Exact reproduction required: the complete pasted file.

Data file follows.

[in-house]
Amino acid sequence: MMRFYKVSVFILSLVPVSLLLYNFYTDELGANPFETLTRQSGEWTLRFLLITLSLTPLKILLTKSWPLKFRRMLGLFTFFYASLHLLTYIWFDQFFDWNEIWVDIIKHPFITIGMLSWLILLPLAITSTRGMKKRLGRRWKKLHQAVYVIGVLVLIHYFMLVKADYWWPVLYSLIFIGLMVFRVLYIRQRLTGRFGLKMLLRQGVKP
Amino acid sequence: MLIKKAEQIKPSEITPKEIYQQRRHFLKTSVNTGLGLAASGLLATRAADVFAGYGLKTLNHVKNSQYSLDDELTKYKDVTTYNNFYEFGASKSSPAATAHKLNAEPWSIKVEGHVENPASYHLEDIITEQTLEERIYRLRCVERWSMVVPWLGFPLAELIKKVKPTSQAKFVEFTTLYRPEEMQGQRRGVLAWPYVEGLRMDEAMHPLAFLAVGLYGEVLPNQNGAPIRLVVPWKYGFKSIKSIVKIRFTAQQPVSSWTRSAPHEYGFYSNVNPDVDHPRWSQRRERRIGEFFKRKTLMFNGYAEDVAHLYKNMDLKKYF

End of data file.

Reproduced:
[in-house]
Amino acid sequence: MMRFYKVSVFILSLVPVSLLLYNFYTDELGANPFETLTRQSGEWTLRFLLITLSLTPLKILLTKSWPLKFRRMLGLFTFFYASLHLLTYIWFDQFFDWNEIWVDIIKHPFITIGMLSWLILLPLAITSTRGMKKRLGRRWKKLHQAVYVIGVLVLIHYFMLVKADYWWPVLYSLIFIGLMVFRVLYIRQRLTGRFGLKMLLRQGVKP
Amino acid sequence: MLIKKAEQIKPSEITPKEIYQQRRHFLKTSVNTGLGLAASGLLATRAADVFAGYGLKTLNHVKNSQYSLDDELTKYKDVTTYNNFYEFGASKSSPAATAHKLNAEPWSIKVEGHVENPASYHLEDIITEQTLEERIYRLRCVERWSMVVPWLGFPLAELIKKVKPTSQAKFVEFTTLYRPEEMQGQRRGVLAWPYVEGLRMDEAMHPLAFLAVGLYGEVLPNQNGAPIRLVVPWKYGFKSIKSIVKIRFTAQQPVSSWTRSAPHEYGFYSNVNPDVDHPRWSQRRERRIGEFFKRKTLMFNGYAEDVAHLYKNMDLKKYF